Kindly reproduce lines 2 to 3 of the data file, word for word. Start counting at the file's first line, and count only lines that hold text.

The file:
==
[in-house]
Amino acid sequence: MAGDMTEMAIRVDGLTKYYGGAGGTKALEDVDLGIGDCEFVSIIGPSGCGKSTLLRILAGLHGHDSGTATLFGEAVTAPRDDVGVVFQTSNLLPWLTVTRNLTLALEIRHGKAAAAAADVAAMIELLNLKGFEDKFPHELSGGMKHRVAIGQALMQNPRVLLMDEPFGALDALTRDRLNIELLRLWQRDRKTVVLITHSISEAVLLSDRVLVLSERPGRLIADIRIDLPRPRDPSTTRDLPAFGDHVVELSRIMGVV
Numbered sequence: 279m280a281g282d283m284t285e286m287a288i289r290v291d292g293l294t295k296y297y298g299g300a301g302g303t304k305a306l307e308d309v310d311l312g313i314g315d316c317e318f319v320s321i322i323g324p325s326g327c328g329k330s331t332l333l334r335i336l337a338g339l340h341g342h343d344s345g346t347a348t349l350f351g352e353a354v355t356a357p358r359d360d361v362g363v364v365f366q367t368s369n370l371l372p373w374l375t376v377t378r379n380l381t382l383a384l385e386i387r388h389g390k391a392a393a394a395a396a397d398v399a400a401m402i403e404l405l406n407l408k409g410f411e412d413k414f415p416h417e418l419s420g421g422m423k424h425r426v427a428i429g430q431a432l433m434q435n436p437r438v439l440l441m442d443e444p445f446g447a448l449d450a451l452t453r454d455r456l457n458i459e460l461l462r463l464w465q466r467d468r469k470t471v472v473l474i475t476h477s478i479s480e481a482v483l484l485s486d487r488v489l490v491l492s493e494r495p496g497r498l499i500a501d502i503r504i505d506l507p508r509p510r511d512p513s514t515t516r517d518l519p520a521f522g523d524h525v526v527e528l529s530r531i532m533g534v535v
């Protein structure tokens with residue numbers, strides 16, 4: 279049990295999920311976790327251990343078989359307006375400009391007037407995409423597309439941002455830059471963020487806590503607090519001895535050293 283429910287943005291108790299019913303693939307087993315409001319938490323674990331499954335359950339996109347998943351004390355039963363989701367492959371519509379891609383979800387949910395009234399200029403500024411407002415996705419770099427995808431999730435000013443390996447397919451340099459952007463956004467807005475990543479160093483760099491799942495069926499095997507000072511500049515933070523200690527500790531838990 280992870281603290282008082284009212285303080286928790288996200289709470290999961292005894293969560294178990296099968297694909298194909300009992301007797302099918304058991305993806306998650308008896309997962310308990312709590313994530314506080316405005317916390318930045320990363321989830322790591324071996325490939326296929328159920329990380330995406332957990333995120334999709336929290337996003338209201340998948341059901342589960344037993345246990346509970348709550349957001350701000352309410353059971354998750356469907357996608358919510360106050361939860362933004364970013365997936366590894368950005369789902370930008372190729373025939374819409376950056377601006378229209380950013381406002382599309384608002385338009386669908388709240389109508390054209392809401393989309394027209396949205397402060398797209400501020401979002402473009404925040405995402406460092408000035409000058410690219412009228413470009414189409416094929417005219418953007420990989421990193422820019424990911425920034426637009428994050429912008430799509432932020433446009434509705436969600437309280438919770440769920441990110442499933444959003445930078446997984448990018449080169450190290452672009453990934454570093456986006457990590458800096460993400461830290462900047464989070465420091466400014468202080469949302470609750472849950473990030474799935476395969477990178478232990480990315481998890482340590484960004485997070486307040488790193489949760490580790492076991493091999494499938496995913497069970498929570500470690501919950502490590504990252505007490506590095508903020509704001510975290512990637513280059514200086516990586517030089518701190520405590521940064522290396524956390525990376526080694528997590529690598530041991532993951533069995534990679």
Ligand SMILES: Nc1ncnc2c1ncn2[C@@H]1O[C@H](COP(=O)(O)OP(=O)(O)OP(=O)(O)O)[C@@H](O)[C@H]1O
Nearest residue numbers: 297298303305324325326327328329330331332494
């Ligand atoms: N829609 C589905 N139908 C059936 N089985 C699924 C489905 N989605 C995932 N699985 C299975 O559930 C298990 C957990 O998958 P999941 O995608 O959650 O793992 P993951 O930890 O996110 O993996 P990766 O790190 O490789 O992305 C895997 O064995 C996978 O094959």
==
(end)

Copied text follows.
Amino acid sequence: MAGDMTEMAIRVDGLTKYYGGAGGTKALEDVDLGIGDCEFVSIIGPSGCGKSTLLRILAGLHGHDSGTATLFGEAVTAPRDDVGVVFQTSNLLPWLTVTRNLTLALEIRHGKAAAAAADVAAMIELLNLKGFEDKFPHELSGGMKHRVAIGQALMQNPRVLLMDEPFGALDALTRDRLNIELLRLWQRDRKTVVLITHSISEAVLLSDRVLVLSERPGRLIADIRIDLPRPRDPSTTRDLPAFGDHVVELSRIMGVV
Numbered sequence: 279m280a281g282d283m284t285e286m287a288i289r290v291d292g293l294t295k296y297y298g299g300a301g302g303t304k305a306l307e308d309v310d311l312g313i314g315d316c317e318f319v320s321i322i323g324p325s326g327c328g329k330s331t332l333l334r335i336l337a338g339l340h341g342h343d344s345g346t347a348t349l350f351g352e353a354v355t356a357p358r359d360d361v362g363v364v365f366q367t368s369n370l371l372p373w374l375t376v377t378r379n380l381t382l383a384l385e386i387r388h389g390k391a392a393a394a395a396a397d398v399a400a401m402i403e404l405l406n407l408k409g410f411e412d413k414f415p416h417e418l419s420g421g422m423k424h425r426v427a428i429g430q431a432l433m434q435n436p437r438v439l440l441m442d443e444p445f446g447a448l449d450a451l452t453r454d455r456l457n458i459e460l461l462r463l464w465q466r467d468r469k470t471v472v473l474i475t476h477s478i479s480e481a482v483l484l485s486d487r488v489l490v491l492s493e494r495p496g497r498l499i500a501d502i503r504i505d506l507p508r509p510r511d512p513s514t515t516r517d518l519p520a521f522g523d524h525v526v527e528l529s530r531i532m533g534v535v